Recently Francois Holland, the President of France, spoke out strongly for developed nations to be generous with their contributions to the Green Climate Fund. This Fund will assist developing nations to mitigate their GHG emissions and adapt to climate change.
President Holland stressed that progress in limiting climate change must be the goal of COP 21. He considers that progress will only be possible if the developed nations provide the money that the Green Climate Funds needs.
What moneys has Canada pledged to other countries to help them fight climate change?
At Copenhagen, Canada promised to advance $1. 2 billion in start up moneys for developing countries, our share of financial package of $10 billion per year for 2010-2012 pledged by developed countries.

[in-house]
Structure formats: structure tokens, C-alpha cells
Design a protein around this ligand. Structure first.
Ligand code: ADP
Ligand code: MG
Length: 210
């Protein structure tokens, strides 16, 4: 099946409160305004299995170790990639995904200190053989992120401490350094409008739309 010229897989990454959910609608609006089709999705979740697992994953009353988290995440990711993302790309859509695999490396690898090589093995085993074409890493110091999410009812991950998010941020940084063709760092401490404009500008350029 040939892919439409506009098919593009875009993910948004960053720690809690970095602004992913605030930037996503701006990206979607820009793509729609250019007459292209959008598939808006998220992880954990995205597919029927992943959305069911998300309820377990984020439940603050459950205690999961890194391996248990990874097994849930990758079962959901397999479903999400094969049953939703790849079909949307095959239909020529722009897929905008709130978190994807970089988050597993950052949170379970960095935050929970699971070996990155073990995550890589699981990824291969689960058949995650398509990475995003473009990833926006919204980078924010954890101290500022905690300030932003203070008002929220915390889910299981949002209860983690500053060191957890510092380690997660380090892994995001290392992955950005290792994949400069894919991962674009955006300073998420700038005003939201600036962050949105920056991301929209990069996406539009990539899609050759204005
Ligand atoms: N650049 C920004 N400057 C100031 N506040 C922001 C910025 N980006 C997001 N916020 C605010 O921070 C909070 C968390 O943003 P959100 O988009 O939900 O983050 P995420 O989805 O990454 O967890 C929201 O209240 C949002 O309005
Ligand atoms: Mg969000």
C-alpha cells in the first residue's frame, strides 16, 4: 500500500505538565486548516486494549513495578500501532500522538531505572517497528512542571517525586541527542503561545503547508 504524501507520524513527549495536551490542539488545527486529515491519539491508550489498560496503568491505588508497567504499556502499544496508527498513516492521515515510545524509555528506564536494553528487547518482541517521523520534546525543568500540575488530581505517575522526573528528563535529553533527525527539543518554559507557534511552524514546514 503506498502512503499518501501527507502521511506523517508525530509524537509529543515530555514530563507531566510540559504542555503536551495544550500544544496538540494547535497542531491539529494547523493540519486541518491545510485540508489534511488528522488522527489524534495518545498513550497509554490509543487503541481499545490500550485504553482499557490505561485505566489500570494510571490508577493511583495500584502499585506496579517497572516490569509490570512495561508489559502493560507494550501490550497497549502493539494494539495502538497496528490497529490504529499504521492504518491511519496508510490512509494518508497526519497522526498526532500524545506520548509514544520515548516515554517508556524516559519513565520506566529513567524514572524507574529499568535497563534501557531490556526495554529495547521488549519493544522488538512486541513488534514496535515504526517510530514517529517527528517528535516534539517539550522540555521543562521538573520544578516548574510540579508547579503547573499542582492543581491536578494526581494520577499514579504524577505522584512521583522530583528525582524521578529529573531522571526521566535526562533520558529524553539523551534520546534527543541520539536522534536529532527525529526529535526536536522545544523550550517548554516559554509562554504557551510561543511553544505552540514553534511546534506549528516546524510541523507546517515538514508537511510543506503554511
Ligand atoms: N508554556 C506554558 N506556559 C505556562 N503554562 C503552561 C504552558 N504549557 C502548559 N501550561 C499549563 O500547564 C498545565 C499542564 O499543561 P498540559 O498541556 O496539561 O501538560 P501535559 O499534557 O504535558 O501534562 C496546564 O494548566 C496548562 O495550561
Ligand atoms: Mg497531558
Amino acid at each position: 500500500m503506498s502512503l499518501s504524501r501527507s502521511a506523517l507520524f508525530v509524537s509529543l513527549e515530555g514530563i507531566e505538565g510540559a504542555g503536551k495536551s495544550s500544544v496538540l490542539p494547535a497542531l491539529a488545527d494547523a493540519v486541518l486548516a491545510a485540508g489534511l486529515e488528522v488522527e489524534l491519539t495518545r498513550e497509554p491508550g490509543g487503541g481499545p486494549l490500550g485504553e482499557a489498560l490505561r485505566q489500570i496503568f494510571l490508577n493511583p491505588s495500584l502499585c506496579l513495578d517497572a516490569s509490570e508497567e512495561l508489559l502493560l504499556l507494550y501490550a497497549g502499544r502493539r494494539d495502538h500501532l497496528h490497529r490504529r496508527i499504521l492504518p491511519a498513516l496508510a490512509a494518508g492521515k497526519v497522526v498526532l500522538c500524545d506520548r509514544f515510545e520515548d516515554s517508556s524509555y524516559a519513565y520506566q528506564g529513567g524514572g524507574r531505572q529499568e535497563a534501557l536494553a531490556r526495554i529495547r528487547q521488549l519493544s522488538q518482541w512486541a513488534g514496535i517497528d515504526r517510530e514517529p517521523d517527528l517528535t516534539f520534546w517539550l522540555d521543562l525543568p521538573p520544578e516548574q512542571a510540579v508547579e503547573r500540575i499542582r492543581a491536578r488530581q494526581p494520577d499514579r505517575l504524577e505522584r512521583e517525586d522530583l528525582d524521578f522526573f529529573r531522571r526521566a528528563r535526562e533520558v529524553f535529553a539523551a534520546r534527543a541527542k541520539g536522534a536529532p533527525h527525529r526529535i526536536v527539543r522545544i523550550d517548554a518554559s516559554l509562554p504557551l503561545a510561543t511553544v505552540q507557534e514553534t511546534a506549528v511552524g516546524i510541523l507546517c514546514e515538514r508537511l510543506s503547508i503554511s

Canada advanced almost three-quarters of this amount by way of loan through the World Bank. Expected repayments will reduce the absolute amount benefitting developing countries by 50%.
There is also a question whether Canada is “robbing Peter to pay Paul”. Meaning: Is Canada reducing the amount of its monetary aid to needy countries? And then re-labelling this amount as climate funds?
The Prime Minister of Australia, a climate change ally of the Canadian Government, adopted this strategy following the G20 summit held in Australia in 2014.
At that same G20 summit, Canada committed a further $300 million (Cdn) in funds over the period up to 2020. The deadline for the first instalment was April 30, 2015. Canada failed to make the payment, and will probably ignore pleas for contributions to help COP21 be a success.
As citizens of a country with an outstanding record of defaults on climate change issues, this conduct confirms what we have often said: we have nothing to be proud about.